copyright 1996 Cynthia Joyce Clay

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One of the most common errors to make is to use pronouns when a specific noun is needed. One common occurance of this is when a sentence begins with a prepositional phrase and then a pronoun is used as the subject of the sentence. This is a bad practice because it is awkward and unclear. The best solution to the problem is also the simplest--replace the pronoun with a specific noun. For instance, in the sentence

In the story, it says the the hero had attended Miami-Dade Community College.

the word 'it' is being used as the subject and refers to the word 'story' which is the object of the preposition 'in.' However, a story is a thing and can not say anything, so the prepositional phrase must be left alone and the pronoun 'it' replaced with a word that would refer to a PERSON who writes stories. The sentence should be corrected to read:

In the story, THE AUTHOR says the hero....

Another way to fix it is to cut 'THE AUTHOR says' so that the sentence reads, 'In the story, the hero..'..


The vague pronoun in these sentences has been crossed out and replaced with a specific noun. Note that a person does things; things do not do things.

1. On the show, they said people who continue to learn grow more dendrites.

2. In this place, they learn about grammar.

3. At home, they are all mean.

4. At the concert, they played woodwind instruments.

5. At the opera, they all sang.

6. At the Olympics, they all go to parties every night.

7. On the radio,they played really great music.

8. At the mall, they have everything on sale this week.


Sometimes, the object of the preposition will be a noun that represents not just a building, but a group of people. When this is the case, a vague pronoun used as subject can be replaced by the noun that is the object of the preposition. Naturally, in these cases, the preposition must be taken out of the sentence. In the sentence,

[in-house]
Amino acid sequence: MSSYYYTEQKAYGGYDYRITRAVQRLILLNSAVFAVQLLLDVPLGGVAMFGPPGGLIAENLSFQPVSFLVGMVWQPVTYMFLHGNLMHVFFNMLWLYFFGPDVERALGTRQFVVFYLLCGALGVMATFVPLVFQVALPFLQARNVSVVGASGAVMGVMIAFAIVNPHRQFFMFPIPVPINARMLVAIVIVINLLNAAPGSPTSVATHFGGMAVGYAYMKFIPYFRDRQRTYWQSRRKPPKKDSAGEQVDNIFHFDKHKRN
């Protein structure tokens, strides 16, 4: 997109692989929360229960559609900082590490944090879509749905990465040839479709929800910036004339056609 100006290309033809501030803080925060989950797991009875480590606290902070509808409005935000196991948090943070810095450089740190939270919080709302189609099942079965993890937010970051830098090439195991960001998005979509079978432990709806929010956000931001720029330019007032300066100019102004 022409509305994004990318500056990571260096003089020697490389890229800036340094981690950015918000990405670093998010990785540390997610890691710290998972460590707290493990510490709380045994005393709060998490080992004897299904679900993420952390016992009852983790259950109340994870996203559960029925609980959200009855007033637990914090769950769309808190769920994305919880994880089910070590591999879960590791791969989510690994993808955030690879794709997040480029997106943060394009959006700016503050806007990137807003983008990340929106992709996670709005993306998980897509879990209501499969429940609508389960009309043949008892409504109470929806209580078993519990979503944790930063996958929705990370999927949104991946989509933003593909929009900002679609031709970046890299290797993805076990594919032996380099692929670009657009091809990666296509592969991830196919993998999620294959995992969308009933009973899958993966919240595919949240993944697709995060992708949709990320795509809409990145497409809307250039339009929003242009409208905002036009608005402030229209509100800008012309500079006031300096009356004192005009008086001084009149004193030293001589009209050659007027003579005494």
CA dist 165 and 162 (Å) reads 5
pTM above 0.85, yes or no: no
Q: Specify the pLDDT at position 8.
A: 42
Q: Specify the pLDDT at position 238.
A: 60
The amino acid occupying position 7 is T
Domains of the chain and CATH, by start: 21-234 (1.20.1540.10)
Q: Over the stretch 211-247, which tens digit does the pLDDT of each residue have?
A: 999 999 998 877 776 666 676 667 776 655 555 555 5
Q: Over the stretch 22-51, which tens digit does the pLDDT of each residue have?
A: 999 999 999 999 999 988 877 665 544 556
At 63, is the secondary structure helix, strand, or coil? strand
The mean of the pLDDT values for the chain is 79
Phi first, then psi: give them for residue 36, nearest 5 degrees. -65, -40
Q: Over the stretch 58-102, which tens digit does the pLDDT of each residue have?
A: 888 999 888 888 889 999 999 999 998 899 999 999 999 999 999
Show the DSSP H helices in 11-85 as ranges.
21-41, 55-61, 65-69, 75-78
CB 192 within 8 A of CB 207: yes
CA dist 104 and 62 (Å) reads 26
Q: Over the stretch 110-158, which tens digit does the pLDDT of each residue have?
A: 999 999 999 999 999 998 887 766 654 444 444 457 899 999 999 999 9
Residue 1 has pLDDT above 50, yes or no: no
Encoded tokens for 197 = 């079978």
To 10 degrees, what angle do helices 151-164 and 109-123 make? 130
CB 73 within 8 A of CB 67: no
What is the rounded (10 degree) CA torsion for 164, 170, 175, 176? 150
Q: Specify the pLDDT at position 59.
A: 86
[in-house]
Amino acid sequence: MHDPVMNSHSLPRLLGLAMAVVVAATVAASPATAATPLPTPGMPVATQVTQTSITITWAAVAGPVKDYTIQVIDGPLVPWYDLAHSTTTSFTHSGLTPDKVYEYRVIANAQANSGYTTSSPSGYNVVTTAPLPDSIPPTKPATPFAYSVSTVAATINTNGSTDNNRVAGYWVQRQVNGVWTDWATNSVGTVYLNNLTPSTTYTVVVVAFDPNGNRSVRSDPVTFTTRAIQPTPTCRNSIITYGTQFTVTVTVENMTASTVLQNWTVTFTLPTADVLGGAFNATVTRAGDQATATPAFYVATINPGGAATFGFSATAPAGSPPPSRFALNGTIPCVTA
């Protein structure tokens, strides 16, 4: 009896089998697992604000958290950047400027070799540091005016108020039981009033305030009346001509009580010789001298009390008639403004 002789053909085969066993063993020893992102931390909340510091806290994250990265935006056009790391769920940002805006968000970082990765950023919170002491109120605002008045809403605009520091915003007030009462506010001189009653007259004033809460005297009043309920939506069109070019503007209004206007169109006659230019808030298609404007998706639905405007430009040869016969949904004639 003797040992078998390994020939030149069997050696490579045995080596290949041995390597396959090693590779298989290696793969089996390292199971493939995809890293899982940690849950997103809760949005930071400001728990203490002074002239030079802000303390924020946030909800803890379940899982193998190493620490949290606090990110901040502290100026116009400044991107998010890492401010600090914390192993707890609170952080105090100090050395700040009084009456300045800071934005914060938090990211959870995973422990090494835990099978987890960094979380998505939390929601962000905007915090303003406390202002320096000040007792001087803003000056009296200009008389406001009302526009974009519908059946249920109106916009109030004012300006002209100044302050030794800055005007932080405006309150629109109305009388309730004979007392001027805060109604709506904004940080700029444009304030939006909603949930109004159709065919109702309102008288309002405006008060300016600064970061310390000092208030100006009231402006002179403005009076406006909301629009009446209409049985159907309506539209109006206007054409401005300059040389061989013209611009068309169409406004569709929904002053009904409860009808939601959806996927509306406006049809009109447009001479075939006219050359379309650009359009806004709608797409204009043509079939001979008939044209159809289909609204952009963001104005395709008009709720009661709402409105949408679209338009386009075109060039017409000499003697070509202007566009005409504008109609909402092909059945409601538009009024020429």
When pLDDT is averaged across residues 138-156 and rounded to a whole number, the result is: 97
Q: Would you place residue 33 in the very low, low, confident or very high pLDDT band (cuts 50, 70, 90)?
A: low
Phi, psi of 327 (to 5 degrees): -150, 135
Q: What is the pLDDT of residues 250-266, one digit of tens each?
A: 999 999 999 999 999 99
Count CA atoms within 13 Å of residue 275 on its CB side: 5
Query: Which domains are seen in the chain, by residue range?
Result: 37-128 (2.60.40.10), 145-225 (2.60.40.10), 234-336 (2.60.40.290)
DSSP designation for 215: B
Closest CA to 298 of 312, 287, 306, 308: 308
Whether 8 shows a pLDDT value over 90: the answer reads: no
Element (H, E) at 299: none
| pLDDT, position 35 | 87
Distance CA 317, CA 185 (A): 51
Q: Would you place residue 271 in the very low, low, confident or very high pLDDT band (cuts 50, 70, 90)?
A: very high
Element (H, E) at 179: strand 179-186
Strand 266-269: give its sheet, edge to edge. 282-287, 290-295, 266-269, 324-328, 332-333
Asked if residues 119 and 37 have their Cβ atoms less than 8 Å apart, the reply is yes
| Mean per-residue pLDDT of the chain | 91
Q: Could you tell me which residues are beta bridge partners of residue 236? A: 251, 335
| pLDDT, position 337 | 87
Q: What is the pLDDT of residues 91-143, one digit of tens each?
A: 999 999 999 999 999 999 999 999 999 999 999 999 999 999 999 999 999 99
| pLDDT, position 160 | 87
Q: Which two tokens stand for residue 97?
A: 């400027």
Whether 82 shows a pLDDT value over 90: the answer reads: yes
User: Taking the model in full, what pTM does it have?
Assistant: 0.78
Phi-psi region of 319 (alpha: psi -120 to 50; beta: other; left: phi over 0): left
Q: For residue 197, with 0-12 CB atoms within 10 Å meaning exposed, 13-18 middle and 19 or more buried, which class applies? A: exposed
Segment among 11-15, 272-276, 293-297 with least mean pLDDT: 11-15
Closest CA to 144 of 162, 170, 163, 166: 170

In town, they think that the hills are haunted.

the pronoun 'it' is vague and so must be removed. The word 'town' can refer to a place, and it can also refer to a group of people. Since 'town' can refer to a group of people, it can be used as the subject. To use 'town' as the subject you MUST REMOVE THE PREPOSITION 'in'.' This is the revised sentence:

The TOWN THINKS that the hills are haunted.

Notice that the verb has been made to agree with the subject.


In the sentences that follow, the noun that is used as an object of a preposition can refer to a place or a group of people. The vague pronoun has been crossed out and replaced with the object of the prepostion. The revised sentence has been adjusted so that the subject and verb agree.

1. At our church, they have a bake sale once a year.

2. In her university, they consider studying to be entertainment.

3. In the nation, they were proud to have sent a man to the moon.

4. In the class, they write papers on quasars.

5. Inthe troupe of players, they interprete the play She Stoops to Conquer.

6. In the club, they vote for their first woman president.

7. In the college, they award Associate degrees.

8. In the ballet company they rehearse "Rubies."

If you would like to learn more grammar, just go to the Grammar Table of Contents

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